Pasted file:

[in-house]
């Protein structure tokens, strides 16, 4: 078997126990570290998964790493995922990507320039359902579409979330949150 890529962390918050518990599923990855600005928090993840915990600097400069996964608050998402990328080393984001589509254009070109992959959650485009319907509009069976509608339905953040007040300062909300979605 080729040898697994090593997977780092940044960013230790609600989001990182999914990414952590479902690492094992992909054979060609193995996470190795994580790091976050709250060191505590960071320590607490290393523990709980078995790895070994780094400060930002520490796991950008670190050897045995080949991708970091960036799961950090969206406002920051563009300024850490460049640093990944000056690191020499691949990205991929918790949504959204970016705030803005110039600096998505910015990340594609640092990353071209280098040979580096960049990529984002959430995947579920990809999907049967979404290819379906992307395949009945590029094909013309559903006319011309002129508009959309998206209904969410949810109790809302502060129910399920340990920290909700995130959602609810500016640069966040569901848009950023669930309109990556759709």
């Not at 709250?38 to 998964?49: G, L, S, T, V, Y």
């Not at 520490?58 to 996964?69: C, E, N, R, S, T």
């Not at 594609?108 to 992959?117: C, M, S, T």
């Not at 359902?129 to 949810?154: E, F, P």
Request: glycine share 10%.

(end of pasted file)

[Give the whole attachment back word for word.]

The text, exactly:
[in-house]
């Protein structure tokens, strides 16, 4: 078997126990570290998964790493995922990507320039359902579409979330949150 890529962390918050518990599923990855600005928090993840915990600097400069996964608050998402990328080393984001589509254009070109992959959650485009319907509009069976509608339905953040007040300062909300979605 080729040898697994090593997977780092940044960013230790609600989001990182999914990414952590479902690492094992992909054979060609193995996470190795994580790091976050709250060191505590960071320590607490290393523990709980078995790895070994780094400060930002520490796991950008670190050897045995080949991708970091960036799961950090969206406002920051563009300024850490460049640093990944000056690191020499691949990205991929918790949504959204970016705030803005110039600096998505910015990340594609640092990353071209280098040979580096960049990529984002959430995947579920990809999907049967979404290819379906992307395949009945590029094909013309559903006319011309002129508009959309998206209904969410949810109790809302502060129910399920340990920290909700995130959602609810500016640069966040569901848009950023669930309109990556759709």
């Not at 709250?38 to 998964?49: G, L, S, T, V, Y």
């Not at 520490?58 to 996964?69: C, E, N, R, S, T």
């Not at 594609?108 to 992959?117: C, M, S, T």
């Not at 359902?129 to 949810?154: E, F, P």
Request: glycine share 10%.